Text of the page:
"My research has shown that these camps are being modified prior to the visits," said Adrian Zenz, an independent researcher who studies China's minority policies. "Satellite images before and after show that several months before visits are permitted, watchtowers and other security features such as metal fencing were removed from these camps."
Upon the end of the government-guided tour, ABC News asked Chinese officials to see other centers in the region, specifically ones that satellite images showed had barbed wire fences and watchtowers. The requests were denied.
"Nobody goes to these facilities on a voluntary basis and there's no application process. ... Government documents never talk about any application," said Zenz.
The Chinese government is under international scrutiny for its use of these camps in Xinjiang, where the watchdog group Human Rights Watch says up to a million Muslims are held under inhumane conditions as part of China's "Strike Hard Campaign against Violent Terrorism."
"These are truly internment camps where these people are being treated in ways that are fundamentally inconsistent with what China would have you believe, and in ways that — when the world finds out — we will all regret," U.S. Secretary of State Mike Pompeo told ABC News.
Alleged detainees and family, friends speak out
Prior to being granted a tour of these centers, ABC News spoke with several ethnic Muslims who said they were detained inside these centers, including Tursun. These interviews were part of an eight-month-long investigation by ABC News' "Nightline."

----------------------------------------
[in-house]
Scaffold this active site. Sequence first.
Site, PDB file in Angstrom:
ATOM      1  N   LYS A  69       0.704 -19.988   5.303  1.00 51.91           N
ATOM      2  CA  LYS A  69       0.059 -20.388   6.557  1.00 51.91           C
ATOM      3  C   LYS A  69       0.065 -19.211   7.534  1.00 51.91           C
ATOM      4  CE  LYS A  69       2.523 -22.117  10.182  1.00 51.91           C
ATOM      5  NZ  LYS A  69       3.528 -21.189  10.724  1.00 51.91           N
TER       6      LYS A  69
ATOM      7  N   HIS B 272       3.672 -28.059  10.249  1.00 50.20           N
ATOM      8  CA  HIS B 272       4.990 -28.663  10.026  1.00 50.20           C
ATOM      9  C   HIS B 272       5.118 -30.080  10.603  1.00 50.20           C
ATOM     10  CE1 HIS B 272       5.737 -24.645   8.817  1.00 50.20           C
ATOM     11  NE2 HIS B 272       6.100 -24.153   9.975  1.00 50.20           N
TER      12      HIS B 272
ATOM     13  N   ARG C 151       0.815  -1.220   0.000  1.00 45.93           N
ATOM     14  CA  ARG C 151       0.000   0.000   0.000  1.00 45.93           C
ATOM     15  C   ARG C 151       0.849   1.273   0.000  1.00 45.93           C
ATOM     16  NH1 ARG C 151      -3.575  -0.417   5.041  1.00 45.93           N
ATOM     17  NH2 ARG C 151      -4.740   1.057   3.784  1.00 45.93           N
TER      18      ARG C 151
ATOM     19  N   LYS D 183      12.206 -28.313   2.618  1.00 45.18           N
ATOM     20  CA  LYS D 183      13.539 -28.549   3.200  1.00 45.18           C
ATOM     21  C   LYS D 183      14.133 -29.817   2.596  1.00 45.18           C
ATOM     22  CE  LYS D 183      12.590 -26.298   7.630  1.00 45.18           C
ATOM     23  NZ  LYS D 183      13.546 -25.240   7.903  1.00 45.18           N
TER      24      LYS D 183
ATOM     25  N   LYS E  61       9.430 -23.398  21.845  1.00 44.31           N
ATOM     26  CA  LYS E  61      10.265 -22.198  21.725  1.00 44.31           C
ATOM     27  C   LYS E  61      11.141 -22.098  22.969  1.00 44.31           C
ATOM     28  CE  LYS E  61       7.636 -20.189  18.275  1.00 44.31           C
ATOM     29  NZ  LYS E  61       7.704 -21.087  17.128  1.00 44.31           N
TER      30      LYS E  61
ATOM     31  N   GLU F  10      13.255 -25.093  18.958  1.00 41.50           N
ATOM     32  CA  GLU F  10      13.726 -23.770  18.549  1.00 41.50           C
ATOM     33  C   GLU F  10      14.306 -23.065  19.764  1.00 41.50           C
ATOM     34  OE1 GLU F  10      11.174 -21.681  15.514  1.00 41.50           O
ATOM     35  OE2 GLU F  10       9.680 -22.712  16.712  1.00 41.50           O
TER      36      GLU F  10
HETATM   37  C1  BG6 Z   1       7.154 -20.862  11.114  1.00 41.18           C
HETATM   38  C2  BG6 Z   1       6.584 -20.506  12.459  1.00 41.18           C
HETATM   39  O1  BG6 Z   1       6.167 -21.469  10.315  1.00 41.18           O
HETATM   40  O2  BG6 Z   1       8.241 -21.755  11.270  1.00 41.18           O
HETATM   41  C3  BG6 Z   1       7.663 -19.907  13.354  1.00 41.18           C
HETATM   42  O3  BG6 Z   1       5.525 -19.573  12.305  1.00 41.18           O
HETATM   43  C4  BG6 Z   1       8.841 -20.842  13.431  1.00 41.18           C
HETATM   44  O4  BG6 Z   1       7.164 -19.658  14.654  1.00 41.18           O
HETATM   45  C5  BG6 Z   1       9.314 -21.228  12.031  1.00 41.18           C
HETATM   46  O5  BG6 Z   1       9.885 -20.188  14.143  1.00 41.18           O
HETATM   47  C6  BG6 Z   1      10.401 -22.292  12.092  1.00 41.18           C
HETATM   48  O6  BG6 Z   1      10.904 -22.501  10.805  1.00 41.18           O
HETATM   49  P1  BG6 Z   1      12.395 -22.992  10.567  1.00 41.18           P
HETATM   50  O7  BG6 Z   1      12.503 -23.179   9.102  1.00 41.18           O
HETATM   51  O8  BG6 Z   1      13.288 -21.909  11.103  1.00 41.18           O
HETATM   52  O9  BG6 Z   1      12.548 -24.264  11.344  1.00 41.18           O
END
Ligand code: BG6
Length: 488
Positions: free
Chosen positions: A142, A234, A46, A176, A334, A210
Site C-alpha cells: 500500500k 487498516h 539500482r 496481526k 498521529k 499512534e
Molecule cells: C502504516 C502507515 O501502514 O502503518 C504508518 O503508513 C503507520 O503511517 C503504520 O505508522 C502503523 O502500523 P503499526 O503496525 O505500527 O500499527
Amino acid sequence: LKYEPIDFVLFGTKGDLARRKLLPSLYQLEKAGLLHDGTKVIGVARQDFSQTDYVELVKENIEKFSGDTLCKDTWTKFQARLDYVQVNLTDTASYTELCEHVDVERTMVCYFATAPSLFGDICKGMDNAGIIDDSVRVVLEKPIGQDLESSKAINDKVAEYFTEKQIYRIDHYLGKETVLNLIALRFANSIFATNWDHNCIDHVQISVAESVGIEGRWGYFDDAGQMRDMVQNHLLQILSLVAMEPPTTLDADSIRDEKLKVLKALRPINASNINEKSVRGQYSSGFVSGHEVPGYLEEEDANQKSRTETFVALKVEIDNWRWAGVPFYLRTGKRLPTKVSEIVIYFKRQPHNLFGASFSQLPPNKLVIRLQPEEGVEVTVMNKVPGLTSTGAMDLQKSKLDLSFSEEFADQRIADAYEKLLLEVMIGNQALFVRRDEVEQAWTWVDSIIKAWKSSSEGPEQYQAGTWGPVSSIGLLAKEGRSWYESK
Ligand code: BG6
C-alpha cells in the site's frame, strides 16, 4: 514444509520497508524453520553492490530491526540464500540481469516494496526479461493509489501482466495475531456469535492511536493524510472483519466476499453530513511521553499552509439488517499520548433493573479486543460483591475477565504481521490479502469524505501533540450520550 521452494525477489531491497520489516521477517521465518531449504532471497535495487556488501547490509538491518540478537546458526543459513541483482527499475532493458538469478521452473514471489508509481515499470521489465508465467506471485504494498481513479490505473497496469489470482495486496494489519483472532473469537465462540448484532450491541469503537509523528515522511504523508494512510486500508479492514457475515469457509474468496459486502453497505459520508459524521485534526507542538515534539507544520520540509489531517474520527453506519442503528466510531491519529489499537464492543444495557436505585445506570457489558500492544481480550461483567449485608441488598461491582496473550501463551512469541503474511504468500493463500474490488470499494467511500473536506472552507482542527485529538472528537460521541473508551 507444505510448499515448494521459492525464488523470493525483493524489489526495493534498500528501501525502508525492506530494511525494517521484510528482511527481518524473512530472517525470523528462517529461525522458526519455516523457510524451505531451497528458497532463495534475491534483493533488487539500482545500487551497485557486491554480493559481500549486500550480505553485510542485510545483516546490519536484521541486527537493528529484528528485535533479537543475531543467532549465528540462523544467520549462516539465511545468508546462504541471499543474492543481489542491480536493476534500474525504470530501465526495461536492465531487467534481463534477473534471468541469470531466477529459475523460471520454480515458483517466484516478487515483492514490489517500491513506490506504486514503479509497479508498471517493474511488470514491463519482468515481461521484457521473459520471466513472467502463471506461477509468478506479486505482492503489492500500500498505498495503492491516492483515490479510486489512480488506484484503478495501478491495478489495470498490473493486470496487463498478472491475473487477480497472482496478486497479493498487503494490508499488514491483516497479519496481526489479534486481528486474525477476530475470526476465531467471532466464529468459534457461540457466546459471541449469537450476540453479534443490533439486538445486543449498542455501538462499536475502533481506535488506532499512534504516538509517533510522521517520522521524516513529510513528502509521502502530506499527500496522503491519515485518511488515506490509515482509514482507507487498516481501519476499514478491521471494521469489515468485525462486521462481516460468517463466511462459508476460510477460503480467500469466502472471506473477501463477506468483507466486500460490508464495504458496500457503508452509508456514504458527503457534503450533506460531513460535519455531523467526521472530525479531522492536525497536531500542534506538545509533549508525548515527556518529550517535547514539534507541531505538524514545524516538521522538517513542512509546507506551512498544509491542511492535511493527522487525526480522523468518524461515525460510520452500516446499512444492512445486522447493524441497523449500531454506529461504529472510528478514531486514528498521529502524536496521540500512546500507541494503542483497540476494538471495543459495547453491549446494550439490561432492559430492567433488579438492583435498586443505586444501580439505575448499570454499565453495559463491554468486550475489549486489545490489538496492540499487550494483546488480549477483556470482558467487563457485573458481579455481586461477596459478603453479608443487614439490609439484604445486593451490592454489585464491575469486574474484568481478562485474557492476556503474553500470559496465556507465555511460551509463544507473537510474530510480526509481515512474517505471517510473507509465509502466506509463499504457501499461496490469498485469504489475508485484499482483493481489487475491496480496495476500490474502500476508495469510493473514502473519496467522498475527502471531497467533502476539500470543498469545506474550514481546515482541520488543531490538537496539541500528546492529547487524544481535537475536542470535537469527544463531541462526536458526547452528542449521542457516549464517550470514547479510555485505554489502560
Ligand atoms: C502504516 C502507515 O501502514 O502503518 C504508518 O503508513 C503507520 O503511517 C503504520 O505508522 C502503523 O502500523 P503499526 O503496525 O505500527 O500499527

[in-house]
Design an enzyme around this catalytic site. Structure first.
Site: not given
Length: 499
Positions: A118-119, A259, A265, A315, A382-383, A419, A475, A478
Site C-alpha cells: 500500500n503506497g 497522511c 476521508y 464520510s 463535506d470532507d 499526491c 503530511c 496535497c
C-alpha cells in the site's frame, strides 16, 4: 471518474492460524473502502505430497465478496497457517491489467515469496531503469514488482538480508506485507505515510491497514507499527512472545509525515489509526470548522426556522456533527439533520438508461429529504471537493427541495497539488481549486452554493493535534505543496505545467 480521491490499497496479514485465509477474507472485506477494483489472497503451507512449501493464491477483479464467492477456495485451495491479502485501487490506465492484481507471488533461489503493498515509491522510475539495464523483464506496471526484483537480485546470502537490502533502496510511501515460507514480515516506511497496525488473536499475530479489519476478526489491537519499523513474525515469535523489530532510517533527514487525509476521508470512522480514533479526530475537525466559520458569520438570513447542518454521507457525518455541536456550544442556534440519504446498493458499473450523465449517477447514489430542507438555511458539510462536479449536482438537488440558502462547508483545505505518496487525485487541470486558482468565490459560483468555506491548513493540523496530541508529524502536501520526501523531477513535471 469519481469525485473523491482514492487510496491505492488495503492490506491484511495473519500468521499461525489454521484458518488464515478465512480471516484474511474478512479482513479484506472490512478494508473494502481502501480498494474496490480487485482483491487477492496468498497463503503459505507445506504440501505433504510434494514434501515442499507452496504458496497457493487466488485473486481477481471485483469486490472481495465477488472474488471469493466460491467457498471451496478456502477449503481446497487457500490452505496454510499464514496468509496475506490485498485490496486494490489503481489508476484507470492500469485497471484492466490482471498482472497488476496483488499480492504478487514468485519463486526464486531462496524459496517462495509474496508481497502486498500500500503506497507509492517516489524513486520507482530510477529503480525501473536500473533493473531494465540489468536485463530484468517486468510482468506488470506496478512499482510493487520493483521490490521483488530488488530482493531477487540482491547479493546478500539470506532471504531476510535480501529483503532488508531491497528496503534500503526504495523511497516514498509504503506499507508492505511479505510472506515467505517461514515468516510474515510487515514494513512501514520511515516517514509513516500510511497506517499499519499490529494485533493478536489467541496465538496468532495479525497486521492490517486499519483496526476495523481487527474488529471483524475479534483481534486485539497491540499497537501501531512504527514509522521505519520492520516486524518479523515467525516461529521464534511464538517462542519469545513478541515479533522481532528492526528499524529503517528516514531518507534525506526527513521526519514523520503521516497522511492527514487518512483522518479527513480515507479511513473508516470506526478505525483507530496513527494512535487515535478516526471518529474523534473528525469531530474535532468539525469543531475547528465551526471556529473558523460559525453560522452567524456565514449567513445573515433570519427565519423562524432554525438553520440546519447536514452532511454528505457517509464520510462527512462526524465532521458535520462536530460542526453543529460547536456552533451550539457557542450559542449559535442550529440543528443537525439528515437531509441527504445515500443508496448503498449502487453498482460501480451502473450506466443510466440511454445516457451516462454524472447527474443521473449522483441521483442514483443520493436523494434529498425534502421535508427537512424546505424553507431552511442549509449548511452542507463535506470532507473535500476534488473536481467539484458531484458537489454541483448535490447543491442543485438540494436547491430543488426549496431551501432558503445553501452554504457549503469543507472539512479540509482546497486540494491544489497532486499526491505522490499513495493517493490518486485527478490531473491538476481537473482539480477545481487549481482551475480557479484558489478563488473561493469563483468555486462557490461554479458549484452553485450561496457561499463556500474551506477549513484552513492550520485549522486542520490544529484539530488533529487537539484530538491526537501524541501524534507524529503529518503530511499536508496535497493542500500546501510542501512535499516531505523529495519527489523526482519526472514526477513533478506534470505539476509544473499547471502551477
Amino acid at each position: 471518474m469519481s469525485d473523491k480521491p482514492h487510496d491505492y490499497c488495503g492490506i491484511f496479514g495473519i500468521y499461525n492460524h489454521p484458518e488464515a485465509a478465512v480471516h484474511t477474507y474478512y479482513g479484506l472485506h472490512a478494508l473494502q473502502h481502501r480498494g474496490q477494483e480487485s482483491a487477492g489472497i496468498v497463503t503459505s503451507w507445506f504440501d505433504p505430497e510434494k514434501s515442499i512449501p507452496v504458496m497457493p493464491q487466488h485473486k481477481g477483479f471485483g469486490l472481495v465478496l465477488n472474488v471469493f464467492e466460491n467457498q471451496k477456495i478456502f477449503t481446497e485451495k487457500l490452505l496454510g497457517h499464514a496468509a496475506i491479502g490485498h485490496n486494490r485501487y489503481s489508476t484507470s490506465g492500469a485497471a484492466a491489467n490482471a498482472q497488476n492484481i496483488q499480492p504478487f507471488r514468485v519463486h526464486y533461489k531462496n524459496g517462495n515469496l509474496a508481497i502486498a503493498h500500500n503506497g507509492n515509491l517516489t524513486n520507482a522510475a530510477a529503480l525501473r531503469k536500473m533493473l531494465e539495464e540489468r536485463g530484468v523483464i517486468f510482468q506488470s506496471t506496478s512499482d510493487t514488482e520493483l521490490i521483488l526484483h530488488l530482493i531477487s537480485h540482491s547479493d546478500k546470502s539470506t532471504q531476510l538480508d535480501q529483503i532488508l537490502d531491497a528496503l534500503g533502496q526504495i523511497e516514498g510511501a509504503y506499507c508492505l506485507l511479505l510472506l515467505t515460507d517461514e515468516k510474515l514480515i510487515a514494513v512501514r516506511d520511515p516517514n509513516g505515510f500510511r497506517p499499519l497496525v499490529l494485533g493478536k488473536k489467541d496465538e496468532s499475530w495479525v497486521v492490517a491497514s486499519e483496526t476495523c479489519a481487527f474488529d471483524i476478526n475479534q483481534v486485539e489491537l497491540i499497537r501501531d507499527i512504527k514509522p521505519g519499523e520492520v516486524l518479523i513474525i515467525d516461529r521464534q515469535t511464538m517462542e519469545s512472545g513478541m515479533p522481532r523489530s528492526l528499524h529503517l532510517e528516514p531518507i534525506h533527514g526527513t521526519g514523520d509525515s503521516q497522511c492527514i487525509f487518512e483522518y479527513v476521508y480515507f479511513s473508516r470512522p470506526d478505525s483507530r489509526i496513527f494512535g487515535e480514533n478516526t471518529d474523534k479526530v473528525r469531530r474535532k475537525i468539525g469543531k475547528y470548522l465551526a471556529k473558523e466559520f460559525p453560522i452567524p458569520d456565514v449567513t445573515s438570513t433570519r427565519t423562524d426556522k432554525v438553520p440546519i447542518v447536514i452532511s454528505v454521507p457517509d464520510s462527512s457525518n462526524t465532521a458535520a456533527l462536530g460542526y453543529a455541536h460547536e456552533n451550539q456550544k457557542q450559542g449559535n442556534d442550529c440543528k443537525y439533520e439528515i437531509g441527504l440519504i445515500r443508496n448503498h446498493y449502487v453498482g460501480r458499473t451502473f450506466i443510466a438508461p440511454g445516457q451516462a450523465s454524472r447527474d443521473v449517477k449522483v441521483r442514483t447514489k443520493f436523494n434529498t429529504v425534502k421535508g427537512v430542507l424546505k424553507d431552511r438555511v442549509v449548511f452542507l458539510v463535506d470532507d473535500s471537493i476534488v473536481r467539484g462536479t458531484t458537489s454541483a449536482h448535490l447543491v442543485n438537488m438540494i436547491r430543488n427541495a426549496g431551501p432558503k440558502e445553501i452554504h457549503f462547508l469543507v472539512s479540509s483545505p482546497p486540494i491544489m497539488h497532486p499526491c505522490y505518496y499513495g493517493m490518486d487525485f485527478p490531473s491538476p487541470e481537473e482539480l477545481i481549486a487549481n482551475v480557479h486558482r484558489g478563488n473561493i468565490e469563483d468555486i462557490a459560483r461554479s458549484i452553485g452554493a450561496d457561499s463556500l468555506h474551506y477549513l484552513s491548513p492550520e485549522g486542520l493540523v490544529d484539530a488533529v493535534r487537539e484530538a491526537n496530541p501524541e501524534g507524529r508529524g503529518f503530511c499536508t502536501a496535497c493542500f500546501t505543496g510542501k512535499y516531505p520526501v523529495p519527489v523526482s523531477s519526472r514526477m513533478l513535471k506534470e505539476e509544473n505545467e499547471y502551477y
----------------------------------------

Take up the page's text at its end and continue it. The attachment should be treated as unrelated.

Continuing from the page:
Many of the ethnic Muslims who claim to have been detained in these centers say they were imprisoned simply because they were Muslim.
"When they took me, they did not say that they were taking me to prison," Kairat Samarkan told ABC News' Bob Woodruff, who traveled to Kazakhstan, a country bordering China's Xinjiang province, to speak to several people who claimed that they were held inside these centers.
Samarkansaid Chinese officials inside the center told him he was being detained for frequent travel between Kazakhstan and China. "The very fact that I was a Kazakh was a crime," Samarkantold Woodruff.
Along with alleged firsthand accounts from inside the camps, ABC News met dozens of people in both the United States and Kazakhstan who claim to have missing loved ones who they believe are being held prisoner inside these Chinese centers. One of these people was Kuzzat Altay.